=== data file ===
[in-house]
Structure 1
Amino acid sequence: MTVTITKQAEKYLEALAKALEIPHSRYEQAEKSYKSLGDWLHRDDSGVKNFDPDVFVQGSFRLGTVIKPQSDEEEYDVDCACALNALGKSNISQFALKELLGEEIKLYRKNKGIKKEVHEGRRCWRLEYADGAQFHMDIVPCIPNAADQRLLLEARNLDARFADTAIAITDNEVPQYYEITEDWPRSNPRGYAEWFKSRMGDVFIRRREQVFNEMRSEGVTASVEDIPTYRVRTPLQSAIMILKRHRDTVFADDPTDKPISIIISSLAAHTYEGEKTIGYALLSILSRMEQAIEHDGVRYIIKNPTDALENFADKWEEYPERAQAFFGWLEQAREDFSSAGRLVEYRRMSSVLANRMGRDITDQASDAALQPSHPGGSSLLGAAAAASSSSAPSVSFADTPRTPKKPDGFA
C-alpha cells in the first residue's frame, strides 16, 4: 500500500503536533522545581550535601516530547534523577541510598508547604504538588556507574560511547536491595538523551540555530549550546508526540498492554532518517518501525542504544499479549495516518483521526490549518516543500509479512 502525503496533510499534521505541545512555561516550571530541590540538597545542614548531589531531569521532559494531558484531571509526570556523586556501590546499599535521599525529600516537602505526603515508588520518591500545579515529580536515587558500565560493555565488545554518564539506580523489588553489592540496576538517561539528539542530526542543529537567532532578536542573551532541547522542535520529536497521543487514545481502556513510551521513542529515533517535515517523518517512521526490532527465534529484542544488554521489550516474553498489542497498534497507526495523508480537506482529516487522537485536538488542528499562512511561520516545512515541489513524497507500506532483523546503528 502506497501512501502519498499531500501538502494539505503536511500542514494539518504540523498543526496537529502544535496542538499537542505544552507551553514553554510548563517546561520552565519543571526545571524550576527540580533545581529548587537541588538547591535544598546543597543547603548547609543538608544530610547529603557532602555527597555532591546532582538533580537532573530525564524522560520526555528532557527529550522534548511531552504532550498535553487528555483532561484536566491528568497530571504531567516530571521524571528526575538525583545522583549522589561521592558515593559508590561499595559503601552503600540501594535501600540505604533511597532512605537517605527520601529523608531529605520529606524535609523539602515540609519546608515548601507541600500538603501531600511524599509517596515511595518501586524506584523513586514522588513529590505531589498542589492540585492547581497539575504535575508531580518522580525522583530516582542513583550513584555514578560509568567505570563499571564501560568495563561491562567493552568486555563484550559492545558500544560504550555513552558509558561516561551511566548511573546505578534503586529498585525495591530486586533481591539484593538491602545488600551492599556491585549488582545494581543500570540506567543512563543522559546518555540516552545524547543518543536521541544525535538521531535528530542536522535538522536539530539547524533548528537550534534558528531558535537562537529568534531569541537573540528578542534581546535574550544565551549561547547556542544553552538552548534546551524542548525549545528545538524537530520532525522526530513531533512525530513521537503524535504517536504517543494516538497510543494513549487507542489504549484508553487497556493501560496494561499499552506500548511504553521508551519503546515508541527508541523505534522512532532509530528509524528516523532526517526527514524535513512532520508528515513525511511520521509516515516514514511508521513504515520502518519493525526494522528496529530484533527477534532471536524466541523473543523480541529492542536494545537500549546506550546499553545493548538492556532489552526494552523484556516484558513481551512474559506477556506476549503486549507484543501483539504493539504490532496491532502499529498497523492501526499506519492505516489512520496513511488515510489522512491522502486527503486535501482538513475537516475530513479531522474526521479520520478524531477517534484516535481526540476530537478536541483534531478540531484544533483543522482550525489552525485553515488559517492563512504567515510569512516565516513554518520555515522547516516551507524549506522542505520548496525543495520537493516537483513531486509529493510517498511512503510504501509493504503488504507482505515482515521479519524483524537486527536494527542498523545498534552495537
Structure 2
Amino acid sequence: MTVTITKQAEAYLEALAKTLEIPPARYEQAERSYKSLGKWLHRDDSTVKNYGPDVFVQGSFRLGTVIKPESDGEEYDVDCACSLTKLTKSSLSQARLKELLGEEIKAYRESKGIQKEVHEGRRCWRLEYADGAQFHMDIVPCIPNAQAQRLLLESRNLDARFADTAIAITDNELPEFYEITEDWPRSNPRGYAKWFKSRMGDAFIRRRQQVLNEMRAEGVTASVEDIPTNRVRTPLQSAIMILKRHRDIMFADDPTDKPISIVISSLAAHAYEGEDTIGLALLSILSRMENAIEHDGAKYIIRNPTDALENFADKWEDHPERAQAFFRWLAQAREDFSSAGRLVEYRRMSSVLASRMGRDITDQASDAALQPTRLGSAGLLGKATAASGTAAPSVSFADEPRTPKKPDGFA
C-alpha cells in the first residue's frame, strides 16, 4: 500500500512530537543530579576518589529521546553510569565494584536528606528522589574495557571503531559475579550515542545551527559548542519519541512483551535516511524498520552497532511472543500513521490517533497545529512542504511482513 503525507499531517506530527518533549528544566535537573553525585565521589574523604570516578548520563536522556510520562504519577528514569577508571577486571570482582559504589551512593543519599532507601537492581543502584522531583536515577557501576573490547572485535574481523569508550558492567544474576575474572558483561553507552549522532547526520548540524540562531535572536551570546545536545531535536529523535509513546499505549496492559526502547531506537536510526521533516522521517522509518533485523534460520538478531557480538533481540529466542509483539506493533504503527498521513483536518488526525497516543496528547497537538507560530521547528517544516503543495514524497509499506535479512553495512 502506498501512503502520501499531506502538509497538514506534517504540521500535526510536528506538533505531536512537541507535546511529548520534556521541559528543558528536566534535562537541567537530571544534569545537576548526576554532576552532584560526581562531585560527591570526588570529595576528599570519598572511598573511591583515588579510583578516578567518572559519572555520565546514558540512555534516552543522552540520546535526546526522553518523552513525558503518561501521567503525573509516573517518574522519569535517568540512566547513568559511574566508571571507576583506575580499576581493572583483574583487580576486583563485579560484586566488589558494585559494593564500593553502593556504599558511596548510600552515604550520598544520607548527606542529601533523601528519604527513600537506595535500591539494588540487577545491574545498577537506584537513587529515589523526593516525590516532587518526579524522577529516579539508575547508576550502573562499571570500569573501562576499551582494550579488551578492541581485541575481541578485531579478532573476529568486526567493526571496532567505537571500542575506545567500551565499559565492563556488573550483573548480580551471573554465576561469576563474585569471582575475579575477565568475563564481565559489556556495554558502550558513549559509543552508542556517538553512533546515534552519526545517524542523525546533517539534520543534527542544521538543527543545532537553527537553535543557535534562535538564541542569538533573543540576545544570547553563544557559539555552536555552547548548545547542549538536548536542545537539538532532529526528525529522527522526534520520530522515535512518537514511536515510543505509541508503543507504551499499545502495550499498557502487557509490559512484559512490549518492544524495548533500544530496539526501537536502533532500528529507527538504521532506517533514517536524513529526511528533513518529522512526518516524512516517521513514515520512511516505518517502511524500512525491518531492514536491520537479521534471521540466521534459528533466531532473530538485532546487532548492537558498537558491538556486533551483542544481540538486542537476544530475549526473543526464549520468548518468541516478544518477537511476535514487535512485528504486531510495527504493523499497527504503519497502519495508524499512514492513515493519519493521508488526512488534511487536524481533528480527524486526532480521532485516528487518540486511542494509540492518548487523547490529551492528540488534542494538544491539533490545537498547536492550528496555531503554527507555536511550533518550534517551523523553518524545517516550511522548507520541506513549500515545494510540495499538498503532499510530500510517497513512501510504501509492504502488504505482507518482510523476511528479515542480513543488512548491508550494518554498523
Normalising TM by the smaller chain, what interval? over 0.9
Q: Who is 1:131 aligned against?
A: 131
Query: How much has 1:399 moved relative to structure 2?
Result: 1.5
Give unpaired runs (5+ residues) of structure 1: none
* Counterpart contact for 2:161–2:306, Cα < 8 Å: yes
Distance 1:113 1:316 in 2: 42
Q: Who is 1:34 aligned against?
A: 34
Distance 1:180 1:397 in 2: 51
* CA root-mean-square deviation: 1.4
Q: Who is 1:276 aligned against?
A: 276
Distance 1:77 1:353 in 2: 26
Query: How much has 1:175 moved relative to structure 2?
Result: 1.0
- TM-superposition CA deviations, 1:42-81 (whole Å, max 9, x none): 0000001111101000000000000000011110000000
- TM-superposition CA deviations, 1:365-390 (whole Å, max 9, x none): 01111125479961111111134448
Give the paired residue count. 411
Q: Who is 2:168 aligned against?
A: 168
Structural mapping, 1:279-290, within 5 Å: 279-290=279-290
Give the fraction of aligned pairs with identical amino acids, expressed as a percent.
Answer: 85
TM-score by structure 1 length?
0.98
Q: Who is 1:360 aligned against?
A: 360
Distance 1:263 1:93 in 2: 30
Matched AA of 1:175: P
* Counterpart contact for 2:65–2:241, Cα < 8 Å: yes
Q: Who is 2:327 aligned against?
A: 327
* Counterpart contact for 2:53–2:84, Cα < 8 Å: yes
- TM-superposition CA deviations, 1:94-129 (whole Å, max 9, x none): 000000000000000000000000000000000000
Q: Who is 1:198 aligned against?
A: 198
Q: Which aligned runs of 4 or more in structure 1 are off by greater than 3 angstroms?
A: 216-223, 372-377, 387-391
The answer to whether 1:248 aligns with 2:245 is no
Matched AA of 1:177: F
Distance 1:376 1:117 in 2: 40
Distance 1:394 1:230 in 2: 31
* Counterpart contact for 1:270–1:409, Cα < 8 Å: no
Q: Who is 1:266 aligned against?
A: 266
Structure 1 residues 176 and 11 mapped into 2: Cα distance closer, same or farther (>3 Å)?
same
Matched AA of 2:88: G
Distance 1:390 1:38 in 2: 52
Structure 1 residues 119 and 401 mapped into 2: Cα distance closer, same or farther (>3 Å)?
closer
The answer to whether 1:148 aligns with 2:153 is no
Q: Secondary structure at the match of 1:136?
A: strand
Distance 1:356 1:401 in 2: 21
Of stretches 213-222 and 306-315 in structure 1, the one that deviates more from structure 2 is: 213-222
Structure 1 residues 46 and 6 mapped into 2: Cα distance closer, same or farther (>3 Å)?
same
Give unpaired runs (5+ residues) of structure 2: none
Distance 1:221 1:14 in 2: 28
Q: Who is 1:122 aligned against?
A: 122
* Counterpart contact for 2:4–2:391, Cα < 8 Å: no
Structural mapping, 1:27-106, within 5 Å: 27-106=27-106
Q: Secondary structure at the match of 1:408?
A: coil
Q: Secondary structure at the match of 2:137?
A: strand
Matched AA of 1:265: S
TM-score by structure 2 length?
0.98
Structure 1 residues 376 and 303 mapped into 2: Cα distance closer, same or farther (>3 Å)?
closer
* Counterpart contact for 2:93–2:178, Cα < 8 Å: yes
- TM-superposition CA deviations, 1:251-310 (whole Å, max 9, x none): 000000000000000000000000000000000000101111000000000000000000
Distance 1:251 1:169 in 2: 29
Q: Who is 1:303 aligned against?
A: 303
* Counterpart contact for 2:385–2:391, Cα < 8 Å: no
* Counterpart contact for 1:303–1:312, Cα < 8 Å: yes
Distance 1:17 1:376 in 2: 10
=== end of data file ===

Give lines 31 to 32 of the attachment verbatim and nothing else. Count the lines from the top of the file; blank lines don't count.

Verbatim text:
Give the fraction of aligned pairs with identical amino acids, expressed as a percent.
Answer: 85